We will need to bear this pattern in mind in the next example, where we compare two negative rational numbers.

### Example 2: Comparing Negative Rational Numbers

Which of the following is true?

In this question, we have two negative fractions with different denominators. Recall that, to compare fractions, we rewrite them with the same denominator; then, we can order them according to the sizes of their numerators.

The least common multiple (LCM) of 5 and 9 is , so it makes sense for us to rewrite both fractions with denominator 45. Thus, we have

Similarly,

Since , then . Hence, , or equivalently, .

We conclude that the correct answer is option C.

Let us now look at another example with fractions that have different denominators.

### Example 3: Ordering Rational Numbers given in the Form of Fractions

Order these values from least to greatest: .

Here, we have to arrange four fractions from least to greatest.

Recall that, to compare fractions, we usually rewrite them with the same denominator and then order them according to the sizes of their numerators. However, in this case, we notice that all the numerators are the same: 8. This means that each fraction is 8 times bigger than the same fraction with a 1 in the numerator. So, can we order , and without rewriting them with the same denominator? Let us look at the diagram.

We see that it is possible to compare these fractions without rewriting them with the same denominator. Since they have the same numerator, their size is given by the number of equal shares the whole has been split into. The higher the denominator, the more shares the whole has been split into, which means the smaller the part. Hence, we find

Given that , , and so on, it follows that

Therefore, the final answer is .

In the next example, we are asked to order rational numbers that are expressed in different formats (i.e., fractions, mixed numbers, and decimals). In cases like this, it is simplest to convert the numbers to decimals to enable a comparison.

### Example 4: Ordering Rational Numbers given in the Form of Fractions, Decimals, and Mixed Numbers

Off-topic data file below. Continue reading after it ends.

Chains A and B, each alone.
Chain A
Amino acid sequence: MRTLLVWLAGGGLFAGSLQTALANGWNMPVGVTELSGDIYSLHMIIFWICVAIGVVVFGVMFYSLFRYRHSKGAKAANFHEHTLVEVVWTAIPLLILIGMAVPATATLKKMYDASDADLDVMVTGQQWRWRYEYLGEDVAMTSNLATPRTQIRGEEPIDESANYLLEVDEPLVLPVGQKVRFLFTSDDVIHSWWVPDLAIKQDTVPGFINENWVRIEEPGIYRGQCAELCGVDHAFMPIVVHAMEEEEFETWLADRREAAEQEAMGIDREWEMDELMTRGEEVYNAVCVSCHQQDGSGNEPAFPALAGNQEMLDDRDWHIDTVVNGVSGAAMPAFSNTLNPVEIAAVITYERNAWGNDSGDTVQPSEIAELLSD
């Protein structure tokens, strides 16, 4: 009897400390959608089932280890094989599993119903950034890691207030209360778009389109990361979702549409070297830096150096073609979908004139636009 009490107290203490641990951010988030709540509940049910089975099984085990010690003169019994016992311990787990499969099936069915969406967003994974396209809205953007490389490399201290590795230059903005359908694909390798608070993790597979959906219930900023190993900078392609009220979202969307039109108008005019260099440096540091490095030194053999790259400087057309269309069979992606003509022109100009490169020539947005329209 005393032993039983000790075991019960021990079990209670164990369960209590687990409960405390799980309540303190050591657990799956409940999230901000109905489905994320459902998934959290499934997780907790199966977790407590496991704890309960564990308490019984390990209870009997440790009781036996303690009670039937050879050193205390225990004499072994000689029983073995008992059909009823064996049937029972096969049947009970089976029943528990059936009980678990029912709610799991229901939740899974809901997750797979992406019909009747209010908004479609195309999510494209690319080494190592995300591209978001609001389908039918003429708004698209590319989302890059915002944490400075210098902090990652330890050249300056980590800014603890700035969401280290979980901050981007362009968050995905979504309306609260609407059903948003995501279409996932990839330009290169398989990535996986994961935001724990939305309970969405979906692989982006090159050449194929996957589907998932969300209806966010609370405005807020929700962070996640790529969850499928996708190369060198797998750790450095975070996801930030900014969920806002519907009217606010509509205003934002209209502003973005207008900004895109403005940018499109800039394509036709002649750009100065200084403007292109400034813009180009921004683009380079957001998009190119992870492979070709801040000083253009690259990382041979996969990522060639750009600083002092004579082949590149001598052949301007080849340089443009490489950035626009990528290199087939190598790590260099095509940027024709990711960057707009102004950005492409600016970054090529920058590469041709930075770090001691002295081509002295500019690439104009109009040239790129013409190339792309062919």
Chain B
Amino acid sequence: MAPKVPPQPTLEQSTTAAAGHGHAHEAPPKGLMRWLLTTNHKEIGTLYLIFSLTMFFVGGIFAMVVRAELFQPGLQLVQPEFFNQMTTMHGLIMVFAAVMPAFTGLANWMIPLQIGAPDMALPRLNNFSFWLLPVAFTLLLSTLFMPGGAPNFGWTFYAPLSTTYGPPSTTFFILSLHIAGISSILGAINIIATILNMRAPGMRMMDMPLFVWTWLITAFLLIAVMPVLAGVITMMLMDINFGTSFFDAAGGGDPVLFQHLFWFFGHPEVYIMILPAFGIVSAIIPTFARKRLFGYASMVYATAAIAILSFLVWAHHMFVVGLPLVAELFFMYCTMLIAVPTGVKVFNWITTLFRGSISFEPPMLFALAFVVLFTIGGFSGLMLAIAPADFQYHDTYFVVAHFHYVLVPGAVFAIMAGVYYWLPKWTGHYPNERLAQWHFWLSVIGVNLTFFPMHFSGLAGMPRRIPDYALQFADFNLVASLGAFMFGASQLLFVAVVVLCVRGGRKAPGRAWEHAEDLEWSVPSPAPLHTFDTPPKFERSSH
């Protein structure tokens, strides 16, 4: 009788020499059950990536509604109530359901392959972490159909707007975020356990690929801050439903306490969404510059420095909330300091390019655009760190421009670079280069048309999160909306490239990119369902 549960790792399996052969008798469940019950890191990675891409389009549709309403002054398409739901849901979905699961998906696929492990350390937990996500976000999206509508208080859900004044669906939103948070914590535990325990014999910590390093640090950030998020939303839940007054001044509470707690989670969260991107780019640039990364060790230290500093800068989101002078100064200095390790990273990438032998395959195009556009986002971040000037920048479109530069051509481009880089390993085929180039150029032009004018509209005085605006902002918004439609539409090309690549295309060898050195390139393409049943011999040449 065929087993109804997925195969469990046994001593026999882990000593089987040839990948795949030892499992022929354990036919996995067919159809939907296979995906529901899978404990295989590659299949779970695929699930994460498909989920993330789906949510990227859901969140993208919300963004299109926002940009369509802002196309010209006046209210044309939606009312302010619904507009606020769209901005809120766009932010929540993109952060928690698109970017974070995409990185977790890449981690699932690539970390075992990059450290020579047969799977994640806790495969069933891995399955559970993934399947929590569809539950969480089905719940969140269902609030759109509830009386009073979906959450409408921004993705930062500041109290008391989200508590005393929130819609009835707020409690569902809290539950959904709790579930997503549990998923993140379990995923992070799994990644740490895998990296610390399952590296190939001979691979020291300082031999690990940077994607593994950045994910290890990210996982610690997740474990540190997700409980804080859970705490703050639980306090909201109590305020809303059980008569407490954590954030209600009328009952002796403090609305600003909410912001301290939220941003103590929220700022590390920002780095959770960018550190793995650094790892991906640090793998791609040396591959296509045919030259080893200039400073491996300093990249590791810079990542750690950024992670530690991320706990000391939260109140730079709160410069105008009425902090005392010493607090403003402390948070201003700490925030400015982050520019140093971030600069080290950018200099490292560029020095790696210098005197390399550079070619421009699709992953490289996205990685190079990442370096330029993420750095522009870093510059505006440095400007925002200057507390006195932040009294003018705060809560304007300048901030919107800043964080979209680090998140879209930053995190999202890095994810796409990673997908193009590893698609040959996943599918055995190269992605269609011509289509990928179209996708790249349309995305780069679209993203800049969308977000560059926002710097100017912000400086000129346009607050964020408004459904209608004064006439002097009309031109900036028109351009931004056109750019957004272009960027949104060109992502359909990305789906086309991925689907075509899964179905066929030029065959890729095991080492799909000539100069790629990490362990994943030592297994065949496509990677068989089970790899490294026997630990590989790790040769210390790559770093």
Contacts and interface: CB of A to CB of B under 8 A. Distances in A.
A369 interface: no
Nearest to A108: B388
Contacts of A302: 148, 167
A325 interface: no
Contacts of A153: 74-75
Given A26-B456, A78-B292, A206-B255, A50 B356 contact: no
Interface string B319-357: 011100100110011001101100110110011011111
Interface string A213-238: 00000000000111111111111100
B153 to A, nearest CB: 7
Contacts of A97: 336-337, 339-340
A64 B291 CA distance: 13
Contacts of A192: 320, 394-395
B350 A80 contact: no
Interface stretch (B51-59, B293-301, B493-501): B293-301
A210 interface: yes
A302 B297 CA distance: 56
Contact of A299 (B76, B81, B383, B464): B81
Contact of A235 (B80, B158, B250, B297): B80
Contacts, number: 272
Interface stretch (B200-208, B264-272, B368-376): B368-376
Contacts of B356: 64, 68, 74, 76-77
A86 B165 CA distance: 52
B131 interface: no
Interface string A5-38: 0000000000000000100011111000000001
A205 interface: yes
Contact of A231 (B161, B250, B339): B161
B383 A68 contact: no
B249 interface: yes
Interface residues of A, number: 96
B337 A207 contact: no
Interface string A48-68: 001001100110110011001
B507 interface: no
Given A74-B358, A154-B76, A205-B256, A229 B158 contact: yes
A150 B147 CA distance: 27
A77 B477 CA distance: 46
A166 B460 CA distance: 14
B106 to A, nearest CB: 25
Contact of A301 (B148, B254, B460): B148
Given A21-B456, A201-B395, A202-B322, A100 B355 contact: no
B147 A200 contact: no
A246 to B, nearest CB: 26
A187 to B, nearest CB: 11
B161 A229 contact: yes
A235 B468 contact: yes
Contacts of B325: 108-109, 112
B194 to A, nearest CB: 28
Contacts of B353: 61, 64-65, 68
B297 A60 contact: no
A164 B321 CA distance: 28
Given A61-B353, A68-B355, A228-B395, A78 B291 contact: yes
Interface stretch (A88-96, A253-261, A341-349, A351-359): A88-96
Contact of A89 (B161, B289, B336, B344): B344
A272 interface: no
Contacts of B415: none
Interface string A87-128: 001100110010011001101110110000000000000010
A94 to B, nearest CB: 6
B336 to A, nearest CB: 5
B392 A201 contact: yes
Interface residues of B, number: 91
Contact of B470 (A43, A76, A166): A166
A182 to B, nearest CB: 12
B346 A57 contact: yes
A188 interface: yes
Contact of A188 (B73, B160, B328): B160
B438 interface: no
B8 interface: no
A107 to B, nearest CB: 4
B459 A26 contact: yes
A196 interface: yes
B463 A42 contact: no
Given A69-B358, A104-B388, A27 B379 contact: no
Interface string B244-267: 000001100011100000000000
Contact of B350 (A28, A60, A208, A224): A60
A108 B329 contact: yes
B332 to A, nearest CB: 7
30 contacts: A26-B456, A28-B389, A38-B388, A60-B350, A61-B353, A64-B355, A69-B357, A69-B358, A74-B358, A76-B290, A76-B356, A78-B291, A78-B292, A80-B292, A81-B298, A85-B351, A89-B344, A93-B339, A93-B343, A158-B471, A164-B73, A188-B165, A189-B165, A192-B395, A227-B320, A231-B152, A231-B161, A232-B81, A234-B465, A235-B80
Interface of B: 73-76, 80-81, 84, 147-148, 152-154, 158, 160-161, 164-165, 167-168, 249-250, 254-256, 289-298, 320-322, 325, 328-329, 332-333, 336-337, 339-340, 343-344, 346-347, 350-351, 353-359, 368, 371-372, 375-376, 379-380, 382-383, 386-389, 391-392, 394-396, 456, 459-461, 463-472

Order the numbers from least to greatest.

Here, we have two positive and two negative numbers. We know that the negative numbers will come before the positive ones when ordered from least to greatest, but we still need to find the precise ordering.

Since we have a combination of decimals, mixed numbers and fractions, our strategy will be to convert all the numbers to decimals. Note that 0.83 and are already in decimal form.

To convert the fraction , we divide 3 by 4 to get the decimal 0.75.

To convert the mixed number , we divide 7 by 8 to get the decimal 0.875, which means that the whole mixed number becomes .

Finally, we can arrange all four numbers on a number line as follows:

Recall that the farther left a number appears, the smaller it is.

Thus, ordering the original numbers from least to greatest, we get , , , and 0.83.

Being able to compare rational numbers that are expressed in different forms is a very useful skill, as it can help us to solve real-world problems. Here is an example of this type.

### Example 5: Solving a Real-World Problem by Comparing Rational Numbers

Fady has been offered a discount at the local diner since he always has his breakfast there on work days. He can either have or off his next meal. Which offer should Fady take?

Fady has two different discount options, one given as a fraction and the other as a percentage. The greater the discount, the lower the cost, so Fady should choose the larger of the two given numbers.

Note that we already have the fraction , and we can easily convert the percentage of to the equivalent fraction .